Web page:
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2nd Circuit: No Connection between “Fluctuating Penis Size and Public Protection”
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On Thursday, the 2nd U.S. Circuit Court of Appeals in Manhattan held that subjecting a sex offender to extraordinarily invasive penile stimulation testing runs the risk of violating the premise that even convicts retain their humanity. In the instant case, authorities tried to subject former police officer David McLaurin, who is no longer in prison, to penile stimulation testing.

The three-judge panel said there was a clear distinction between other conditions of supervised release including penis measurement, restrictions on choice of residence, restrictions on interactions with children, restrictions on access to pornographic material, and the penile stimulation tests where a man is shown sexually stimulating images to measure his erectile responses.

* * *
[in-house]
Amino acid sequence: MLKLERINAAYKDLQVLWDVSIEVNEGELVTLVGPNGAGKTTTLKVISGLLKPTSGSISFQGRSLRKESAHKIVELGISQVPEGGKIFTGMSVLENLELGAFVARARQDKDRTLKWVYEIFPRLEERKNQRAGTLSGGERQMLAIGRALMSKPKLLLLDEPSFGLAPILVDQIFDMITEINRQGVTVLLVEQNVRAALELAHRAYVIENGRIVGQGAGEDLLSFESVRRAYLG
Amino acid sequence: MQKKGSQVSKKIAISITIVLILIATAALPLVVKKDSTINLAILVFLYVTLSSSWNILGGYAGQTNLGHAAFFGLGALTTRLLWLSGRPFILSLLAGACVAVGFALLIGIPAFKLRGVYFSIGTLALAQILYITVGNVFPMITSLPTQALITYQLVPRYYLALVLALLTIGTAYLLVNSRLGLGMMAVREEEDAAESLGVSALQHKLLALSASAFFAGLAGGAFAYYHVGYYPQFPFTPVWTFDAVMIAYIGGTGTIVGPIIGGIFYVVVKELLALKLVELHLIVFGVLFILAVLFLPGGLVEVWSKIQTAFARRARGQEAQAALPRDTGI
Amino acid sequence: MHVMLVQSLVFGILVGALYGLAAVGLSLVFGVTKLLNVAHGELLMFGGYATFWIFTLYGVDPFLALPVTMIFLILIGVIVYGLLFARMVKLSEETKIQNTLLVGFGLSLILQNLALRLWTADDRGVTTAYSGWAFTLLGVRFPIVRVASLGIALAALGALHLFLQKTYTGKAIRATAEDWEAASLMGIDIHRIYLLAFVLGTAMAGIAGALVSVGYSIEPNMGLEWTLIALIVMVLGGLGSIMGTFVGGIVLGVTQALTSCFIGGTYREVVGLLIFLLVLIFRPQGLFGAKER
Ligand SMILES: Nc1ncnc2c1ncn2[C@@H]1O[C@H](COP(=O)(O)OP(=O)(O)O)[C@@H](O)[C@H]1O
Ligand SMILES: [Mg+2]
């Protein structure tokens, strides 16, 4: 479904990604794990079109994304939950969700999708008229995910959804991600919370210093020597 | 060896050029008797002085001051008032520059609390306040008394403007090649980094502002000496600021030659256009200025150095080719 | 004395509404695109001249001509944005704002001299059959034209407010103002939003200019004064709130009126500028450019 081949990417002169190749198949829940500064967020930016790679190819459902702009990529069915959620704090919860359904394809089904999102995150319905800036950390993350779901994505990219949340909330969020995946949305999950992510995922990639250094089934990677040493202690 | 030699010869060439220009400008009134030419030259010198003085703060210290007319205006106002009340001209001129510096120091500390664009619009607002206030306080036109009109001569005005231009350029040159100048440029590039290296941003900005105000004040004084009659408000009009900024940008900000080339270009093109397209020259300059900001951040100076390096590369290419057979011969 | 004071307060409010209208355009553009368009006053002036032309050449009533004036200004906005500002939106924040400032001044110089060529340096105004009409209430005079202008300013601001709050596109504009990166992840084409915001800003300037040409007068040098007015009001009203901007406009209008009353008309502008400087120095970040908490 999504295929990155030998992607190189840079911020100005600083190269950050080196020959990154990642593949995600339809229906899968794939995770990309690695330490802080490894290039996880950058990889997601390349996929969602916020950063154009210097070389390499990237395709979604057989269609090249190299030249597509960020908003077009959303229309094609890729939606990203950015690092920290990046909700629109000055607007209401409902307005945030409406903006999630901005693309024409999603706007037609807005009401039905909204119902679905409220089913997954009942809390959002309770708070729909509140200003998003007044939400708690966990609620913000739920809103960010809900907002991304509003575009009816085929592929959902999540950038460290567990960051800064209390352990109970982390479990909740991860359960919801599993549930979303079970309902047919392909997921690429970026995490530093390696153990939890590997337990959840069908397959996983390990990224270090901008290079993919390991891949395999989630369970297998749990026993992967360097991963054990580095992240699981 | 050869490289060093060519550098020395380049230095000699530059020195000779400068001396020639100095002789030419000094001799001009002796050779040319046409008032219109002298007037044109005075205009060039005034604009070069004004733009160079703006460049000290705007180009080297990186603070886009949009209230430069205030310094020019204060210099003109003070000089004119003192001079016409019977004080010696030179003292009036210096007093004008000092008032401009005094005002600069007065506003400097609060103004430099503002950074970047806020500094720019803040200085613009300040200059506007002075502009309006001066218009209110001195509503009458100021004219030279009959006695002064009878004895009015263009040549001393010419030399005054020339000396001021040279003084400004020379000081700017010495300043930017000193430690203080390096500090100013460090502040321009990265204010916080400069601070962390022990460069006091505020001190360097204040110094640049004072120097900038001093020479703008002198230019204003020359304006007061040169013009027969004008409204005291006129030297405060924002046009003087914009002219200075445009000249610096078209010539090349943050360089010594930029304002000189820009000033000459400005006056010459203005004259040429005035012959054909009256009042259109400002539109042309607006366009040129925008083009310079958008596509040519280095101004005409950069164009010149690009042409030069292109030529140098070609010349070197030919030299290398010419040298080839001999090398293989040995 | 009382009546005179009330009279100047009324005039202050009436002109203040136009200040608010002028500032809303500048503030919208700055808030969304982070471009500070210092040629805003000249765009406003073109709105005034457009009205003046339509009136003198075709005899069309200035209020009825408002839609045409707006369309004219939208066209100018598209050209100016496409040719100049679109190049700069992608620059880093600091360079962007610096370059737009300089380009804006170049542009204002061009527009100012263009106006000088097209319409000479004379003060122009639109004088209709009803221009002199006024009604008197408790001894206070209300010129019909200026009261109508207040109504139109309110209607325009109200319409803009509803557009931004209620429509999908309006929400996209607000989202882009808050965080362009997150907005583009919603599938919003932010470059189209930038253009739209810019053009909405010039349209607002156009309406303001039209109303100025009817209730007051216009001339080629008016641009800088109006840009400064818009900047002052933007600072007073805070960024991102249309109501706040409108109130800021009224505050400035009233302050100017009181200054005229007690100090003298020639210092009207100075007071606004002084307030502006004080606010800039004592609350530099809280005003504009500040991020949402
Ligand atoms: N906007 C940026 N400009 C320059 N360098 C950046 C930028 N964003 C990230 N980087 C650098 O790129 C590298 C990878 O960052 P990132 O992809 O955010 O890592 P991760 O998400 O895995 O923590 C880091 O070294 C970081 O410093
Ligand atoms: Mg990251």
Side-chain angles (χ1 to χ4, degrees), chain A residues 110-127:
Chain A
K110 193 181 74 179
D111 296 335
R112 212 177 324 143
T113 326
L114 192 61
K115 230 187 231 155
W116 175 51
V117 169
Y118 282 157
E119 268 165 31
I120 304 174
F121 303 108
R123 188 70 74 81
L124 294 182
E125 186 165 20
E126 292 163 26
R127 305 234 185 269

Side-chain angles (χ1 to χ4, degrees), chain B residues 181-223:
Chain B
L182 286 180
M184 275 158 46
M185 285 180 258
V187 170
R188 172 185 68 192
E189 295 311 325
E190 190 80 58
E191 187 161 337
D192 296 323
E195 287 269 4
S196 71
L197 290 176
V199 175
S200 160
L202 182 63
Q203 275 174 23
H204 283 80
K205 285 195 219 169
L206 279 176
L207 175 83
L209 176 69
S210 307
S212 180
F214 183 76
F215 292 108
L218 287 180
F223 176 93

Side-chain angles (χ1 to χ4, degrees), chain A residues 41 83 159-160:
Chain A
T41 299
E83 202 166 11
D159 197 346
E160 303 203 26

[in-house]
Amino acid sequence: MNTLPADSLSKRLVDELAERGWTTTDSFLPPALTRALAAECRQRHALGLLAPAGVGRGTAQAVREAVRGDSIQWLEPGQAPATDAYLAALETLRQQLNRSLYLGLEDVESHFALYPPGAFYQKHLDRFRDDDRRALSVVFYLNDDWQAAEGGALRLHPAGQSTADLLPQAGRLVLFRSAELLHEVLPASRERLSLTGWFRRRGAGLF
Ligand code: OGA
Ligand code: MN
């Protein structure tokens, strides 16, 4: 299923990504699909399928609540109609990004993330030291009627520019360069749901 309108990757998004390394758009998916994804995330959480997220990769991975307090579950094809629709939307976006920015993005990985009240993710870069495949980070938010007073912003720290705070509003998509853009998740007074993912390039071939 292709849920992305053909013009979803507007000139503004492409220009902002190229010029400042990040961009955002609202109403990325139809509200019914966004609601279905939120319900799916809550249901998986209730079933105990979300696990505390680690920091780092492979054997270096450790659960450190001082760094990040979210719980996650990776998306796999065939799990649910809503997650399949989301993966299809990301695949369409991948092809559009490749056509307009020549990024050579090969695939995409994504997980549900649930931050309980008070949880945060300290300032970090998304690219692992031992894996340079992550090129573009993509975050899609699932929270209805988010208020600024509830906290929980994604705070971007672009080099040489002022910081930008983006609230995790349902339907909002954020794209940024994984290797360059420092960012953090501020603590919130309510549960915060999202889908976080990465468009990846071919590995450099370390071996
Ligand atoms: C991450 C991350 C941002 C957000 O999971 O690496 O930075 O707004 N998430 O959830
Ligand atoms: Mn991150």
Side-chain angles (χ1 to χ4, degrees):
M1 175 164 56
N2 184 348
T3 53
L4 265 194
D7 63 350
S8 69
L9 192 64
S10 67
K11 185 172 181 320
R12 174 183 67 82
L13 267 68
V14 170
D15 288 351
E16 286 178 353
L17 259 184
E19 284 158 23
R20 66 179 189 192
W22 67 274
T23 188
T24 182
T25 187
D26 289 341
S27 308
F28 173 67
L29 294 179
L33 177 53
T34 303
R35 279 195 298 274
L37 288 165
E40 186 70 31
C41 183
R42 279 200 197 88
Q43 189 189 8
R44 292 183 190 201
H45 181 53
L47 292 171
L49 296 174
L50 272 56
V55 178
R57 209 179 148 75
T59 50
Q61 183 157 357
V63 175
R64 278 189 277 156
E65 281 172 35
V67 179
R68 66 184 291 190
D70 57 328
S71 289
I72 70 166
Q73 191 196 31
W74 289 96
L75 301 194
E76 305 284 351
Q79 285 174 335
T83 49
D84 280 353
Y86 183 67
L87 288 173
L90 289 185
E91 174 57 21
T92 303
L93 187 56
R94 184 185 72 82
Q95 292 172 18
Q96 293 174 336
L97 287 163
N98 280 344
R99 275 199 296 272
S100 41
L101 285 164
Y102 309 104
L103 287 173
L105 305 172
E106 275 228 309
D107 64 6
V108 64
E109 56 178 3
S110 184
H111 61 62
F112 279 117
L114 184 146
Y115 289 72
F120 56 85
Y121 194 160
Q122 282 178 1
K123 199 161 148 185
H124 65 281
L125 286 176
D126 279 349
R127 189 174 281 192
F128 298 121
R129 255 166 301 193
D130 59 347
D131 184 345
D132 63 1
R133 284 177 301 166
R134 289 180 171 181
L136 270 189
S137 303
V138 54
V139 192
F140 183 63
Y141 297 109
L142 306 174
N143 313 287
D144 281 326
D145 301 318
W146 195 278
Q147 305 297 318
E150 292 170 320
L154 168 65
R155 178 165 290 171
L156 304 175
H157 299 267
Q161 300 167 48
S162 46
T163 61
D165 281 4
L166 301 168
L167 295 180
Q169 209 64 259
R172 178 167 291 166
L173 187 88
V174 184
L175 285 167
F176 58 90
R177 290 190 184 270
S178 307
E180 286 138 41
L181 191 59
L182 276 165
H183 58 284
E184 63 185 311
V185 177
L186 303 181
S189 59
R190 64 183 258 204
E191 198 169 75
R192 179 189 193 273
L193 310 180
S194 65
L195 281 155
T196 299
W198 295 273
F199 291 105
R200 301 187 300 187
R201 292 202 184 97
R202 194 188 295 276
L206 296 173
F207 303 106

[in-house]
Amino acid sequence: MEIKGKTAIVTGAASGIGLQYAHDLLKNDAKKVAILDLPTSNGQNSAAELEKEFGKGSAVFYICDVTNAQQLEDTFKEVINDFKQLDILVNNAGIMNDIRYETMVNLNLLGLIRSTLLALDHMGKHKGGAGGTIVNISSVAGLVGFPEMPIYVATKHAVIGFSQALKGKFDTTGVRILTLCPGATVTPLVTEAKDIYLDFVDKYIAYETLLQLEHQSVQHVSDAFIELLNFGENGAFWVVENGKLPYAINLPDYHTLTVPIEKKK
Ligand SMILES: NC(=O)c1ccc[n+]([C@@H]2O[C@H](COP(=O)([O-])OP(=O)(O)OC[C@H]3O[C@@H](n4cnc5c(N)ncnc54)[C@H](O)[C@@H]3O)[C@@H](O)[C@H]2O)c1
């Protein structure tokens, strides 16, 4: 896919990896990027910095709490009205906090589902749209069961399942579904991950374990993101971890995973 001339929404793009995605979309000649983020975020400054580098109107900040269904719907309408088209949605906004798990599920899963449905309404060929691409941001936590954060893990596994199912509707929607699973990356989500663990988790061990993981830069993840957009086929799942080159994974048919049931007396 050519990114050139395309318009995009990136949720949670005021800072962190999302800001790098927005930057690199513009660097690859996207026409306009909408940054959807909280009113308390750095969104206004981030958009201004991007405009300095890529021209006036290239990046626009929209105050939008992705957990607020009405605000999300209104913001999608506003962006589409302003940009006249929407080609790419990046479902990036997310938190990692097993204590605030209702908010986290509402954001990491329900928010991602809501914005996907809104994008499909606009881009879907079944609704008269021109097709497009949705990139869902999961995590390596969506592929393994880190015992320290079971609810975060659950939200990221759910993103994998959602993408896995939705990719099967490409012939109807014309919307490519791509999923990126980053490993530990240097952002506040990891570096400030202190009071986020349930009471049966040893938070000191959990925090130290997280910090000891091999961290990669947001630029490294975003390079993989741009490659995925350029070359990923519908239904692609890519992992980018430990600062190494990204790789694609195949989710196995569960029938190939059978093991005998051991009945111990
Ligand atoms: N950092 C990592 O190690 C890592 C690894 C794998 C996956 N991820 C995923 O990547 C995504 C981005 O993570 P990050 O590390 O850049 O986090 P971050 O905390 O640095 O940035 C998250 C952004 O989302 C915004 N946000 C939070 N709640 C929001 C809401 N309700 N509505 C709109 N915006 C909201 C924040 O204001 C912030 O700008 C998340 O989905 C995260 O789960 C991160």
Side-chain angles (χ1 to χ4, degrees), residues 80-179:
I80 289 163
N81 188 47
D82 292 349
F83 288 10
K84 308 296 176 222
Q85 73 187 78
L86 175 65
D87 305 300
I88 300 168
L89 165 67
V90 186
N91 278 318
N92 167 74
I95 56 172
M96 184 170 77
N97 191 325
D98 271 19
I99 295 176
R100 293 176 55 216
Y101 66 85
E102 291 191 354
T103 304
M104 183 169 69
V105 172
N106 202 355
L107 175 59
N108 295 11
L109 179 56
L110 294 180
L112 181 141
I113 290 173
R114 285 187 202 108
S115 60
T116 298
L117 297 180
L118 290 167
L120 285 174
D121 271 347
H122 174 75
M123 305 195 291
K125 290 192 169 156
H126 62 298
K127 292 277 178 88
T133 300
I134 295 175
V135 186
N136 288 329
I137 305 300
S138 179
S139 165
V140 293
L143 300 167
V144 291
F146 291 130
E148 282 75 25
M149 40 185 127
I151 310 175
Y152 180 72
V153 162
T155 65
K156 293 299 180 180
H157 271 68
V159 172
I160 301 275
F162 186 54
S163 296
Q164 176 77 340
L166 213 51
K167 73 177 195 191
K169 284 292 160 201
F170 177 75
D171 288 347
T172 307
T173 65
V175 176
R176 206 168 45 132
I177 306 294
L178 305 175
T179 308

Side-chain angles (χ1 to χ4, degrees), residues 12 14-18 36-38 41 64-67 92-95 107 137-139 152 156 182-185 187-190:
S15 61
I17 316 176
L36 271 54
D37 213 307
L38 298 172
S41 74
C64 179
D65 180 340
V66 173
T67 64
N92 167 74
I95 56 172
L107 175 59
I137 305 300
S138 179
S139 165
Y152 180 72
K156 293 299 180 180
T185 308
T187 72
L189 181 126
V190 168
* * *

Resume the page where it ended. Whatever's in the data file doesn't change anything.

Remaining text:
The 2nd Circuit observed, “But we see no reasonable connection between fluctuating penis size and public protection – certainly none strong enough to survive the careful scrutiny that we give to unusual or severe conditions of supervised release.”

McLaurin had challenged the requirement after the trial judge sentenced him to 15 months in prison followed by a treatment that could include the testing.

McLaurin had notified authorities that he was taking a job as a chef at an inn, but lost his job subsequently. Then he went to Alabama where he was arrested and returned to Vermont to face charges. He went to prison and was released last November.

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About a decade ago, a 13-year old girl had requested a photo shoot to help her modeling career. The girl admitted the same to the authorities. However, McLaurin was convicted for producing child pornography as he conducted the photo shoot and included topless photos of the girl. He was required to register as a sex offender for that.

In its opinion the 2nd Circuit also observed about the penile testing requirement, “We hold this extraordinarily invasive condition is unjustified, is not reasonably related to the statutory goals of sentencing, and violates McLaurin’s right to substantive due process.”

The 2nd Circuit found it was very “odd” that authorities showed sexually explicit images to someone in order to deter him from committing sex crimes.





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